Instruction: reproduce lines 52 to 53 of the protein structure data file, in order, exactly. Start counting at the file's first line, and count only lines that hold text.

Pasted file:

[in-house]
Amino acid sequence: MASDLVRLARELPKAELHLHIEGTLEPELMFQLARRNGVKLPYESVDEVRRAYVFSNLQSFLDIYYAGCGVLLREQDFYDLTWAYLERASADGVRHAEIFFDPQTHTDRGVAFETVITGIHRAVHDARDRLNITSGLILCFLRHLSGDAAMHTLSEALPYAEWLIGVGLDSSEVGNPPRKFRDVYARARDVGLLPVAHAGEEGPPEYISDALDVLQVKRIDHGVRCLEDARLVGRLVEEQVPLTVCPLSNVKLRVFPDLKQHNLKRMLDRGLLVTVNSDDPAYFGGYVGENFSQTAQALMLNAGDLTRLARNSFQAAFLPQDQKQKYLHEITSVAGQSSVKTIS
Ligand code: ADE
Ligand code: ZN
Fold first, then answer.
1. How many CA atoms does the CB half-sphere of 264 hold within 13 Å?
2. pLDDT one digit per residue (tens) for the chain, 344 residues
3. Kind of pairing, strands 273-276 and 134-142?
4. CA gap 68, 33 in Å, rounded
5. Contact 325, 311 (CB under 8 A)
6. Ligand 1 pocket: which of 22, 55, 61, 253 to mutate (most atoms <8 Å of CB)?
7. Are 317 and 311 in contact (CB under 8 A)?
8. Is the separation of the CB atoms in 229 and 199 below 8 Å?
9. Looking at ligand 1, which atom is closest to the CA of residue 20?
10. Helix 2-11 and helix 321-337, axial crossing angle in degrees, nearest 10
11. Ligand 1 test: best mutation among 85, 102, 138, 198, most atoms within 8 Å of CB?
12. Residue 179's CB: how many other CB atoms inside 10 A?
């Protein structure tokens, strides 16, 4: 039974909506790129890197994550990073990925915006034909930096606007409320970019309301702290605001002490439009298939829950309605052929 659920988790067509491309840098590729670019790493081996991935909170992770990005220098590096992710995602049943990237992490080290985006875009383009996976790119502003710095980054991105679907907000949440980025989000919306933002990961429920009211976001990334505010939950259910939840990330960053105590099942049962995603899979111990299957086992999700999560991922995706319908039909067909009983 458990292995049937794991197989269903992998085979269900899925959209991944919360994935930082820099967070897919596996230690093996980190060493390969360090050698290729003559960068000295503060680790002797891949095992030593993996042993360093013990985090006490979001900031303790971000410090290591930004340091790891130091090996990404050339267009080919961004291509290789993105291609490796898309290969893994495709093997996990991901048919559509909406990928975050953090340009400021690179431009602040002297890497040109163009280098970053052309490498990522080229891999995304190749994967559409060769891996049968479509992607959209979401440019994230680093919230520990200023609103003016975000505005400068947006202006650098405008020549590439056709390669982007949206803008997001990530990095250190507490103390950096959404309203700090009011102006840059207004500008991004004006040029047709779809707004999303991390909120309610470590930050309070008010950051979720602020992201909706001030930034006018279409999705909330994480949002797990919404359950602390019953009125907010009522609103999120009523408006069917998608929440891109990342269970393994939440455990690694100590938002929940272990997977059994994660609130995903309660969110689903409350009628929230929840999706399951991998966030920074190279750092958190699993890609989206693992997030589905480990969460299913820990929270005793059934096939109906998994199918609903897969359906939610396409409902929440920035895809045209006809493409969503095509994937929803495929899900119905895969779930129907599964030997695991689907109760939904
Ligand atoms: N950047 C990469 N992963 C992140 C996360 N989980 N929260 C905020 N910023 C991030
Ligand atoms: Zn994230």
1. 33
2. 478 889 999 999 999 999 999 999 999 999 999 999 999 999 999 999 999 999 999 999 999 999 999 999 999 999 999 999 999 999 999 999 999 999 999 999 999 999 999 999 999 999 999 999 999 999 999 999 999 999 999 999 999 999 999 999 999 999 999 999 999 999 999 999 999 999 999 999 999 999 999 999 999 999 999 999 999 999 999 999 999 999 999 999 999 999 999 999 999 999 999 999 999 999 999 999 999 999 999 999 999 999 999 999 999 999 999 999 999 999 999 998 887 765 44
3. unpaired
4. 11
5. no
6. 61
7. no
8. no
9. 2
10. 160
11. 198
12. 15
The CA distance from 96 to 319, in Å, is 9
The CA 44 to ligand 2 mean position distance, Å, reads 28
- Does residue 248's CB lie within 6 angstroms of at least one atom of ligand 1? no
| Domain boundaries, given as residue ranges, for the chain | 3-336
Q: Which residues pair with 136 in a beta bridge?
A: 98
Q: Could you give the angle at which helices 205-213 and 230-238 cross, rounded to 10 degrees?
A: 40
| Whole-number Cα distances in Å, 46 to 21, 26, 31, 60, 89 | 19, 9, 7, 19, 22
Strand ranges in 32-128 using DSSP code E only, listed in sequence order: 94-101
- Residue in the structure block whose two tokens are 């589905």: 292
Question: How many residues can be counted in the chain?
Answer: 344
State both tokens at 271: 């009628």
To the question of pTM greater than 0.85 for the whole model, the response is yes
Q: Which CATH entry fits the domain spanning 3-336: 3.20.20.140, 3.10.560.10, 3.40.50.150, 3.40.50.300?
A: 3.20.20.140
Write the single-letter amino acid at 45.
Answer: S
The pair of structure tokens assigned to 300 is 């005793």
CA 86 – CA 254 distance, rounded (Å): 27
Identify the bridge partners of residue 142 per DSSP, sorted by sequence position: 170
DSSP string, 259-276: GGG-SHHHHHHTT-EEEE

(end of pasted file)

The pair of structure tokens assigned to 300 is 């005793």
CA 86 – CA 254 distance, rounded (Å): 27